In addition to getting more interest for your money, the other big advantage that savings accounts offer is that they're backed by the Federal Deposit Insurance Corp. up to $250,000. In other words, you don't have to worry about a fund breaking the buck; even if your bank happens to go under, you'll still get all of your money back, as long as you stay below the $250,000 limit.

Make your money work harder
Of course, earning 1% may not sound like it's worth the hassle of switching out of a money market fund. But with no sign that the Federal Reserve plans to raise interest rates anytime soon, you may see more financial companies taking matters into their own hands. If their moves force you to move to a better-yielding alternative with your cash, then it'll be a win-win for everyone involved.

Everyone wants to beat rock-bottom bond yields. Alex Dumortier gives you five stocks that will beat bonds.

True to its name, The Motley Fool is made up of a motley assortment of writers and analysts, each with a unique perspective; sometimes we agree, sometimes we disagree, but we all believe in the power of learning from each other through our Foolish community.

Fool contributor Dan Caplinger goes wherever he sees the most interest. He doesn't own shares of the companies mentioned in this article. American Express, Discover Financial Services, and Federated Investors are Motley Fool Inside Value selections. Charles Schwab is a Motley Fool Stock Advisor pick. The Fool owns shares of Legg Mason. Try any of our Foolish newsletters today, free for 30 days. The Fool's disclosure policy always generates a high rate of interest.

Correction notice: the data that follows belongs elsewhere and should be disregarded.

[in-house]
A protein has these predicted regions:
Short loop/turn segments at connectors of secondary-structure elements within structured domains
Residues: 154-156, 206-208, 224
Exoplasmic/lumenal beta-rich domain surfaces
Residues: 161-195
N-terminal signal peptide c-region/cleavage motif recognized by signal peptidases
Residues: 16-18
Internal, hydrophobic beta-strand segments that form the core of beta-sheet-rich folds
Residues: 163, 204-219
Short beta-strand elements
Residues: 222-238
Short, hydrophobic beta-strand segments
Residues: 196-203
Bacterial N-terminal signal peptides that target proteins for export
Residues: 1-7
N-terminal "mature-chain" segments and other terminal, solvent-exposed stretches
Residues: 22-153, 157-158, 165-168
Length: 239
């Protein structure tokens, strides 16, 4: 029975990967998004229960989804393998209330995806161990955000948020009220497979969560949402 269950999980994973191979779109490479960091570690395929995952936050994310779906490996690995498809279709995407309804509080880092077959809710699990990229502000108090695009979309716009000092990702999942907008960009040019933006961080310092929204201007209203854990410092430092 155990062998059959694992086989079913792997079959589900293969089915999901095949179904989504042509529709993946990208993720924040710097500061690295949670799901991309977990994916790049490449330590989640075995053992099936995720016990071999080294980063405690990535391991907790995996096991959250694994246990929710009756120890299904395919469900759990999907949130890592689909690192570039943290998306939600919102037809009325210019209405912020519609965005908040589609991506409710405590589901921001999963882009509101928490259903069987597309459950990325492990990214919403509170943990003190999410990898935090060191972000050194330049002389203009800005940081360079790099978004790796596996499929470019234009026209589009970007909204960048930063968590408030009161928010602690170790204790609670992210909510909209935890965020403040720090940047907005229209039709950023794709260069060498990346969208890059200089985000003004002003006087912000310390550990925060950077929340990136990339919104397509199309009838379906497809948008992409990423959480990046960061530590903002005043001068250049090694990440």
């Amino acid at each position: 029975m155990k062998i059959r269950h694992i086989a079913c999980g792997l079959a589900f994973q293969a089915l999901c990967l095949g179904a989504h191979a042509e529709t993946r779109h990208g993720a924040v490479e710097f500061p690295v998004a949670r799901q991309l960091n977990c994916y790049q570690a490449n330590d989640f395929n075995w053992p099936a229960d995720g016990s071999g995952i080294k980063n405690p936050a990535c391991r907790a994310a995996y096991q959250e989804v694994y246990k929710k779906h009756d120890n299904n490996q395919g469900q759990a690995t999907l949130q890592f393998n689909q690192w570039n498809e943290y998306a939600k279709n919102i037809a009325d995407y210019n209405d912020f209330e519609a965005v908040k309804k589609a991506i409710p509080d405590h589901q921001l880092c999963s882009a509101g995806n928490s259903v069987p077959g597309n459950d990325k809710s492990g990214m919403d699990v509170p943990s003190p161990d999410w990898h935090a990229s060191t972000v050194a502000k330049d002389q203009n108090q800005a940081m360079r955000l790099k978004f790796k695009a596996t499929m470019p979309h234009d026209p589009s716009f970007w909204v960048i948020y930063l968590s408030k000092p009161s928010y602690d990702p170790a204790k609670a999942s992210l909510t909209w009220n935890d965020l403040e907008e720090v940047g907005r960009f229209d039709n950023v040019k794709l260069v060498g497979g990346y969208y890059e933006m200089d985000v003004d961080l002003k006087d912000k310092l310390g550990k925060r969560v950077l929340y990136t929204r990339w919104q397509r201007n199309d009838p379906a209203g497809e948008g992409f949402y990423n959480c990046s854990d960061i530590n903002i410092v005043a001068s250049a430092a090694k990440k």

Read/Post Comments (3) | Recommend This Article (9)

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  • Report this Comment On September 30, 2010, at 12:39 PM, BeachPHool wrote:

    Why do I still have money in a money market account? I don't have a choice. With the market uncertainty, I have about 1/2 my 401K account in "cash". My only option is a money market fund that has a negative return. John Hancock doesn't waive its fees, so my money market fund is losing money. Where do I put that money?

    Does anyone know of a company that offers an "under the mattress" account option?

  • Report this Comment On September 30, 2010, at 3:03 PM, Borbality wrote:

    Great advice! I was just looking for somewhere to put some money until I figure out what to do with it. I was really not excited about the .5% the credit union offered. Now I won't feel pressured to put the money into stocks before I'm ready.

  • Report this Comment On October 11, 2010, at 3:44 PM, ChrisBern wrote:

    BeachPHool -- completely agree, there is a need these days for capital preservation, and that's why money is flowing into "safe havens" world-wide. The only suggestion I would make is to diversity into more than just the USD. I haven't looked at it recently, but the Merk Hard Currency Fund or another suitable currency diversification mechanism might be something to consider. I personally believe holding any one currency such as the USD is a risk in and of itself--a risk which can relatively easily be avoided, too.